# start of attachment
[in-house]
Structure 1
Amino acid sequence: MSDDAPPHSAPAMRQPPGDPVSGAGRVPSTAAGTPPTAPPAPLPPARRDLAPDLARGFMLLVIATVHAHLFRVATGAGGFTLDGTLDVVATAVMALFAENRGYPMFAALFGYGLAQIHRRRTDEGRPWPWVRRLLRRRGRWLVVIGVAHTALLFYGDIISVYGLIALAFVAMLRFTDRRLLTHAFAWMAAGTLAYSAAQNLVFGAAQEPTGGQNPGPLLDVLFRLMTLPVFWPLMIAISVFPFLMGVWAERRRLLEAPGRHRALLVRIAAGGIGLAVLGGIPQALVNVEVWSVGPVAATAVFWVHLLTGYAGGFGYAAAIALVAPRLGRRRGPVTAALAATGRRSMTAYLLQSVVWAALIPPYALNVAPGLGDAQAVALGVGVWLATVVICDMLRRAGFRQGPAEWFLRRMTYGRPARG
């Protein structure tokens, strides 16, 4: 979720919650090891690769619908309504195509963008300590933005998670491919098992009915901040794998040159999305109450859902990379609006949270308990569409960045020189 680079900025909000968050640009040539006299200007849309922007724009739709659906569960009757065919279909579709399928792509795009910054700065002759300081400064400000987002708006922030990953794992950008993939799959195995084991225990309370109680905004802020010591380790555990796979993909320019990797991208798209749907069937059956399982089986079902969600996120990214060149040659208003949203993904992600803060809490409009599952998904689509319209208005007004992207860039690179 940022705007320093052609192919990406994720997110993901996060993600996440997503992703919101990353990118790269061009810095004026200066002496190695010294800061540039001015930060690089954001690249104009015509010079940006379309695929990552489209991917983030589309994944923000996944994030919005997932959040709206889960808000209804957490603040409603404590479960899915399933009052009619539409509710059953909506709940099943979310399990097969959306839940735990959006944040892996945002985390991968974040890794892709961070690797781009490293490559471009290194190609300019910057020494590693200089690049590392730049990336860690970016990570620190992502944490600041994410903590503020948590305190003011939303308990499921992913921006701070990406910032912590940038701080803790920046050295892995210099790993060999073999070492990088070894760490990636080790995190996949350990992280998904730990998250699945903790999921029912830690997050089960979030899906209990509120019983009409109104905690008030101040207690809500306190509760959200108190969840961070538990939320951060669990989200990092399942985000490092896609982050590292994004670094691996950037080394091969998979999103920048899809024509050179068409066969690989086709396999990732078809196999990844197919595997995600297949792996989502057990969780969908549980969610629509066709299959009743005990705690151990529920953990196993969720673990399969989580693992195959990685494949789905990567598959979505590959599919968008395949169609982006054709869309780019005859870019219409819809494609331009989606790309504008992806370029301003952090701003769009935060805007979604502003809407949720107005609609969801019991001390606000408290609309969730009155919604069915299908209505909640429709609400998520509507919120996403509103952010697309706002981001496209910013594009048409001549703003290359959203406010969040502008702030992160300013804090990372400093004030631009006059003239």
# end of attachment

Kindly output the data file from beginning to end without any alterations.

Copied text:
[in-house]
Structure 1
Amino acid sequence: MSDDAPPHSAPAMRQPPGDPVSGAGRVPSTAAGTPPTAPPAPLPPARRDLAPDLARGFMLLVIATVHAHLFRVATGAGGFTLDGTLDVVATAVMALFAENRGYPMFAALFGYGLAQIHRRRTDEGRPWPWVRRLLRRRGRWLVVIGVAHTALLFYGDIISVYGLIALAFVAMLRFTDRRLLTHAFAWMAAGTLAYSAAQNLVFGAAQEPTGGQNPGPLLDVLFRLMTLPVFWPLMIAISVFPFLMGVWAERRRLLEAPGRHRALLVRIAAGGIGLAVLGGIPQALVNVEVWSVGPVAATAVFWVHLLTGYAGGFGYAAAIALVAPRLGRRRGPVTAALAATGRRSMTAYLLQSVVWAALIPPYALNVAPGLGDAQAVALGVGVWLATVVICDMLRRAGFRQGPAEWFLRRMTYGRPARG
């Protein structure tokens, strides 16, 4: 979720919650090891690769619908309504195509963008300590933005998670491919098992009915901040794998040159999305109450859902990379609006949270308990569409960045020189 680079900025909000968050640009040539006299200007849309922007724009739709659906569960009757065919279909579709399928792509795009910054700065002759300081400064400000987002708006922030990953794992950008993939799959195995084991225990309370109680905004802020010591380790555990796979993909320019990797991208798209749907069937059956399982089986079902969600996120990214060149040659208003949203993904992600803060809490409009599952998904689509319209208005007004992207860039690179 940022705007320093052609192919990406994720997110993901996060993600996440997503992703919101990353990118790269061009810095004026200066002496190695010294800061540039001015930060690089954001690249104009015509010079940006379309695929990552489209991917983030589309994944923000996944994030919005997932959040709206889960808000209804957490603040409603404590479960899915399933009052009619539409509710059953909506709940099943979310399990097969959306839940735990959006944040892996945002985390991968974040890794892709961070690797781009490293490559471009290194190609300019910057020494590693200089690049590392730049990336860690970016990570620190992502944490600041994410903590503020948590305190003011939303308990499921992913921006701070990406910032912590940038701080803790920046050295892995210099790993060999073999070492990088070894760490990636080790995190996949350990992280998904730990998250699945903790999921029912830690997050089960979030899906209990509120019983009409109104905690008030101040207690809500306190509760959200108190969840961070538990939320951060669990989200990092399942985000490092896609982050590292994004670094691996950037080394091969998979999103920048899809024509050179068409066969690989086709396999990732078809196999990844197919595997995600297949792996989502057990969780969908549980969610629509066709299959009743005990705690151990529920953990196993969720673990399969989580693992195959990685494949789905990567598959979505590959599919968008395949169609982006054709869309780019005859870019219409819809494609331009989606790309504008992806370029301003952090701003769009935060805007979604502003809407949720107005609609969801019991001390606000408290609309969730009155919604069915299908209505909640429709609400998520509507919120996403509103952010697309706002981001496209910013594009048409001549703003290359959203406010969040502008702030992160300013804090990372400093004030631009006059003239």